I work exclusively in mountainous, wooded, rugged terrain of southern New Mexico. Line of Sight (LOS) with LORA is pretty much non-existent in my part of the world - at most I’ve got about 300’ of LOS. Between the trees, mountains, valleys and our rugged terrain, LOS is pretty limited. But, I can get well over a mile distance between the Base & Rover with my Emlid RS2s, built-in LORA radios. Just as a suggestion, you may want to look at your Base’s location, your antenna(s) and your local noise level before you start adding external radios, power boosters and other such equipment.
The ability to receive a solid signal at your rover depends upon many factors, including data speed (I use the lowest available data rate on the base & rover), the noise floor (interference from other radio emissions), the location of the base unit, the gain of the antennas, and other such factors.
I’ve been able to get over 1 mile solid RTK with my Emlid RS2s, NON Line of Sight, with 2 mountain tops separating the base & rover with just a few simple and cost effective changes.
First, get your Base up as high as practical, a few extra feet on the base unit helps. Even when my base is located on a mountain top, I always try to add a few extra feet, if possible. Be sure to locate your Base in a clear area, even if it means setting a new ground control point in a better location.
Second, choose the best frequency for your location. I dug out one of my Ubiquiti M900 Loco (nano bridge m-9) wireless network radios (these radios may be hard to find as they are older units). As part of the $200 M900 radio, it comes with a software package which is called “AirView”. Airview is a 900 Mhz Spectrum Analyzer and I was able to determine the noise floor over the entire 900 Mhz band by letting the AirView program run & rotating the M900 radio 360 degrees (the M900 has a built-in directional antenna). By selecting the frequency with the lowest noise floor, I’m able to get 6 db less noise at 914.8 mhz versus the rest of the band (your location will have a different frequency). As noise varies due to local conditions, I’ll be keeping the Ubiquiti M900 in my tool box for times when long distance Lora is the only way to get RTK corrections.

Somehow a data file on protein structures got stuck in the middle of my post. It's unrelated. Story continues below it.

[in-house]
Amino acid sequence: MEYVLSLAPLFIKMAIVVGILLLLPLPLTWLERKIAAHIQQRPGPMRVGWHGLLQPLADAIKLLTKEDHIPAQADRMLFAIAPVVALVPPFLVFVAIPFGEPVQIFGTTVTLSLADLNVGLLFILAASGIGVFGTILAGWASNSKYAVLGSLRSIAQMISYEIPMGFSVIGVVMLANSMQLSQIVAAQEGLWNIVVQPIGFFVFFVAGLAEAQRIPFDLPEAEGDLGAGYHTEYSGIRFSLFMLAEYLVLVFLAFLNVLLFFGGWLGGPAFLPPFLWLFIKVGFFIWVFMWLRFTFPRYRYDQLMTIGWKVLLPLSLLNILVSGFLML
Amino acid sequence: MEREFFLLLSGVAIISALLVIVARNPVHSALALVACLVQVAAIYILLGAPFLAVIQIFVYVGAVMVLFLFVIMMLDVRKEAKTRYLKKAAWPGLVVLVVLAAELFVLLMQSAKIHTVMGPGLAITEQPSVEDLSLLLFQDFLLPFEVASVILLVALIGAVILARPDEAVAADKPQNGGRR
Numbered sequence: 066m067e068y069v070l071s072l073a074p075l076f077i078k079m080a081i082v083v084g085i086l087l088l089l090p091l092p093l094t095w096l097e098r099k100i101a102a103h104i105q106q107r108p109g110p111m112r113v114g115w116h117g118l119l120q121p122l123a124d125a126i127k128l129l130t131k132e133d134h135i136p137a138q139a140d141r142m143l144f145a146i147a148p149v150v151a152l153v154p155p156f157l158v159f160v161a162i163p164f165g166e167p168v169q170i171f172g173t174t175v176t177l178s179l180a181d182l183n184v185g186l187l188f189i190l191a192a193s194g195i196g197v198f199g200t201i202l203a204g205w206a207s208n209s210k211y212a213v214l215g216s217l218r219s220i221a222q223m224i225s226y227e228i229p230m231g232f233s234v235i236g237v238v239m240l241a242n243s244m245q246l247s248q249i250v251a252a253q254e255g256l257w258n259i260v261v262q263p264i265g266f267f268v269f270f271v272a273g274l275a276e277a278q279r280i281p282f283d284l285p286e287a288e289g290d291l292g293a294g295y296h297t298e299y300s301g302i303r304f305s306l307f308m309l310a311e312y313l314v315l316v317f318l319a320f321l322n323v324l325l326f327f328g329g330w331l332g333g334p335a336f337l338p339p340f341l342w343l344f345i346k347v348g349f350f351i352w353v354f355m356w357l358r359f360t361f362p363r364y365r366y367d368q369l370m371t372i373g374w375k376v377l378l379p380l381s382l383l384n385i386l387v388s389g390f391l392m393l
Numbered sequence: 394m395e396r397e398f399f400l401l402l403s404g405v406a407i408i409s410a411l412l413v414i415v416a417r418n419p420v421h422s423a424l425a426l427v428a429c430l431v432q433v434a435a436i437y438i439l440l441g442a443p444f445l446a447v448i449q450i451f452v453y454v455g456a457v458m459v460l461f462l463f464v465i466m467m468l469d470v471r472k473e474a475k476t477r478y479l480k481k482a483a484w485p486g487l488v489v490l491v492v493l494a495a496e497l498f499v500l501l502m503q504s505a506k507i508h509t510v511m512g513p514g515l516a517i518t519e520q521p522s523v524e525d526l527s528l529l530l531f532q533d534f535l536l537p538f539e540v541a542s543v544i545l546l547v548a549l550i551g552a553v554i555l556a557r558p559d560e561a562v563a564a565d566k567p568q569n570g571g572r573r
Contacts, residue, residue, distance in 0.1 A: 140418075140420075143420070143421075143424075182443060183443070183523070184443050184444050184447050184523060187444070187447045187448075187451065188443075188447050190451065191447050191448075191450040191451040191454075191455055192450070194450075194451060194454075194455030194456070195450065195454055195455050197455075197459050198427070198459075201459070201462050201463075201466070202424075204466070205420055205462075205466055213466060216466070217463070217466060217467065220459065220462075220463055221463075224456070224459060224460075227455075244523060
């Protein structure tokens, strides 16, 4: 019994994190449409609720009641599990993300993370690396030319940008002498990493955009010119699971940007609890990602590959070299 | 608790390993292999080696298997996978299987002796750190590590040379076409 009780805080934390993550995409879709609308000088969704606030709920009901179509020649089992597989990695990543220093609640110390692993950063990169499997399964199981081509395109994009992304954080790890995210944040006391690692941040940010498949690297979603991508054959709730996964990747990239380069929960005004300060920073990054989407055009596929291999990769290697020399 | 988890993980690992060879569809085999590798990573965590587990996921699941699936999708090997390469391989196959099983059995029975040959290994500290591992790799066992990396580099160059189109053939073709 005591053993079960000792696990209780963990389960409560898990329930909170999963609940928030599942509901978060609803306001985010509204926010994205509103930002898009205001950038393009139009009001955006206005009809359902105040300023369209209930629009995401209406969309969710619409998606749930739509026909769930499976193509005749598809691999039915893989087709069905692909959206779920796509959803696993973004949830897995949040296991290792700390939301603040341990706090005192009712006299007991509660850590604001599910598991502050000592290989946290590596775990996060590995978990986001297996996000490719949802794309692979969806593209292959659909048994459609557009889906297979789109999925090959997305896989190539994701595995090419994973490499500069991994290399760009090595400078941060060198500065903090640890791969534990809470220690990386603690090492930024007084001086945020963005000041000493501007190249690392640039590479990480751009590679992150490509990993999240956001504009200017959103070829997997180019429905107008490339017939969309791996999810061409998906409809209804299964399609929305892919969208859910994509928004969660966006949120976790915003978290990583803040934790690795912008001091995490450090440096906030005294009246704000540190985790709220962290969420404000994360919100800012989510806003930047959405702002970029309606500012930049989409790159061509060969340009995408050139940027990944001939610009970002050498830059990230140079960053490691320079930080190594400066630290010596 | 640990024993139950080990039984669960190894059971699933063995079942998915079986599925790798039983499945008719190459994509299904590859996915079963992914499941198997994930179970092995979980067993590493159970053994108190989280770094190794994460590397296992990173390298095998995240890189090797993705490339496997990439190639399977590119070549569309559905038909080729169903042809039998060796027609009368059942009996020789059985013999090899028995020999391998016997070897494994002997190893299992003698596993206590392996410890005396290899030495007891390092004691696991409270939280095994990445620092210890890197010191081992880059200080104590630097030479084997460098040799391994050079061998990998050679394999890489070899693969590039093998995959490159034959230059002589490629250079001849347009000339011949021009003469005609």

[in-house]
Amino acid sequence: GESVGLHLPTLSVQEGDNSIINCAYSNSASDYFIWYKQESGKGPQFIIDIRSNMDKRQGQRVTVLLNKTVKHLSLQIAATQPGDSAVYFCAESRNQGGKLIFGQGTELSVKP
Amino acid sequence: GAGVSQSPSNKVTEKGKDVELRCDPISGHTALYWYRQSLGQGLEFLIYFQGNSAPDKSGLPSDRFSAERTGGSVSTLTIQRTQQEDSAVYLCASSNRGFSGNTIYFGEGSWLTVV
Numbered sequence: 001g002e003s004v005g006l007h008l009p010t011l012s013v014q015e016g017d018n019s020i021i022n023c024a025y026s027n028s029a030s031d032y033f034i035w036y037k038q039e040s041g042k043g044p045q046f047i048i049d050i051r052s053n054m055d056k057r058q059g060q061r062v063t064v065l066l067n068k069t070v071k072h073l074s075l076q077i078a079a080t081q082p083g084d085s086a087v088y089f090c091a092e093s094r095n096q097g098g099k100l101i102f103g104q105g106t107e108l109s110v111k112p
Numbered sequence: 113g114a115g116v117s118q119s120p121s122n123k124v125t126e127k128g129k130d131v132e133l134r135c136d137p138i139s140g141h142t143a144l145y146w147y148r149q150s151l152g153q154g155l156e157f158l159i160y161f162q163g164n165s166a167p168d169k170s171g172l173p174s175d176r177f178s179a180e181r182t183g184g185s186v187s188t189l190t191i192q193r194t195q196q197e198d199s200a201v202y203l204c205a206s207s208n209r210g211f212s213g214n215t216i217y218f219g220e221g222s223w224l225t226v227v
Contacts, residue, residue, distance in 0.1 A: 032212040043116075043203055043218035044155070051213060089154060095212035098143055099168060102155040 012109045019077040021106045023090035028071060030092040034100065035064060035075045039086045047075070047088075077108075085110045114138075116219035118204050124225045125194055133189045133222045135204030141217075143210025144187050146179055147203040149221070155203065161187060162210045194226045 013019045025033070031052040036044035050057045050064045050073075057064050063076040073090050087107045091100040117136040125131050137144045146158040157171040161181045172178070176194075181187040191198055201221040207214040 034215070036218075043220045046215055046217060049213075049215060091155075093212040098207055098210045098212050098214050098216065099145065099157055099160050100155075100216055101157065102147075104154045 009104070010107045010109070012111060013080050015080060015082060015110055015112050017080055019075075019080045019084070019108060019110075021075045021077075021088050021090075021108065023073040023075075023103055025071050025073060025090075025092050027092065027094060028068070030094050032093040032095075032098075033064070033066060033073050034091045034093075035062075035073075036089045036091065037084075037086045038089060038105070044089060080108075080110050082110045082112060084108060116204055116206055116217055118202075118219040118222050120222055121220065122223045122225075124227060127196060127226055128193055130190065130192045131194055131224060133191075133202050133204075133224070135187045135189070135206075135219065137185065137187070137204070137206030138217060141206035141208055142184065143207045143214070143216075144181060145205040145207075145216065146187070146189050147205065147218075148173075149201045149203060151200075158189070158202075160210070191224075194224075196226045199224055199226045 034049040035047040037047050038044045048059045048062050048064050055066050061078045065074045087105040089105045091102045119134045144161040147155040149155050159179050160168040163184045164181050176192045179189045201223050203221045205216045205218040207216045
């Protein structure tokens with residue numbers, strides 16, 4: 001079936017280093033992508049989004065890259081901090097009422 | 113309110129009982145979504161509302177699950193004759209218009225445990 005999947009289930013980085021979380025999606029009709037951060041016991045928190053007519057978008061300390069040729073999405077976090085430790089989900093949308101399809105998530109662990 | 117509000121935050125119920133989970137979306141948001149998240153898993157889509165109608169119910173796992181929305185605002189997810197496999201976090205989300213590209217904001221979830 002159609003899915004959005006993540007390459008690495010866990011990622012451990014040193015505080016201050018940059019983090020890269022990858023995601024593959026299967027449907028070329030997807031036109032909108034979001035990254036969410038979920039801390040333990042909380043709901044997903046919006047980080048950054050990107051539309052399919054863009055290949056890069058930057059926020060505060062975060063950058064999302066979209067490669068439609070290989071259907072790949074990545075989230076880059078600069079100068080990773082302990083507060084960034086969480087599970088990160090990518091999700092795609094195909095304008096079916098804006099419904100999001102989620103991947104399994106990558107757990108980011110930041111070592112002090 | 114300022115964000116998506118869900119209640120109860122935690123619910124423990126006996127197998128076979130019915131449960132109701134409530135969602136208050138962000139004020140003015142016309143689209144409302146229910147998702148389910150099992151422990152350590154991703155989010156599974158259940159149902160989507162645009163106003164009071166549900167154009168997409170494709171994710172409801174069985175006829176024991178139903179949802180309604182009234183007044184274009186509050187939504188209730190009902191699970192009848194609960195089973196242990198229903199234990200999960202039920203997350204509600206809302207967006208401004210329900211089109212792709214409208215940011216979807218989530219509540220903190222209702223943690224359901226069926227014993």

Radio (Lora) is all about Signal to Noise Ratio. To get better reception, you can either increase your signal strength by 6db (which requires 4 times more power at the transmitter), or select a frequency which has a lower average noise level by 6db at the receiver. The 6 db power increase is equivalent to a 6db noise reduction by selecting the best frequency.
Third, consider using a different antenna on the base and/or rover. There are many different antennas available that will work out of the box. The simplest is 5 to 7 dbi onmi-directional antenna. You can get a little more range by purchasing a 9 to 13 dbi directional yagi antenna, but you may have to add your own coax connector to mate with the Emlid. Keep your coax cable short as reasonably possible.
In my case, selecting the best frequency gains about 6db in noise reduction (less interference). Selecting a better antenna at the Rover adds about 10 db (or more) to the signal strength (assuming you point the directional Rover antenna towards the Base). I generally use the stock Emlid Lora antenna at the base, as it provides a great omni-directional signal. You add the two numbers together (6db + 10db) and it equals 16 db, which is equivalent to a 40 times increase in power. If you need more range, you can consider a higher gain antenna at the Base, but you should study the directional pattern of the antenna. High gain antennas can be very directional in their Horizonal and Vertical patterns.
FYI, you may want to buy several antennas from different suppliers, as the quality varies greatly, and so does their real-world performance. Some of the “high gain” antennas that I bought were complete junk.
Radio (Lora) is all about Signal to Noise Ratio. Noise is reduced by selecting the best, local frequency. Signal can be boosted by increasing power or selecting a more directional antenna.
One last tip for the best LORA range, use a fiberglass range pole (or a pole extension) along side the antenna. The metal range poles can (and do) alter the antenna’s radiation pattern and signal strength.
Those of you who choose to increase the power, please share your results and your equipment recommendations.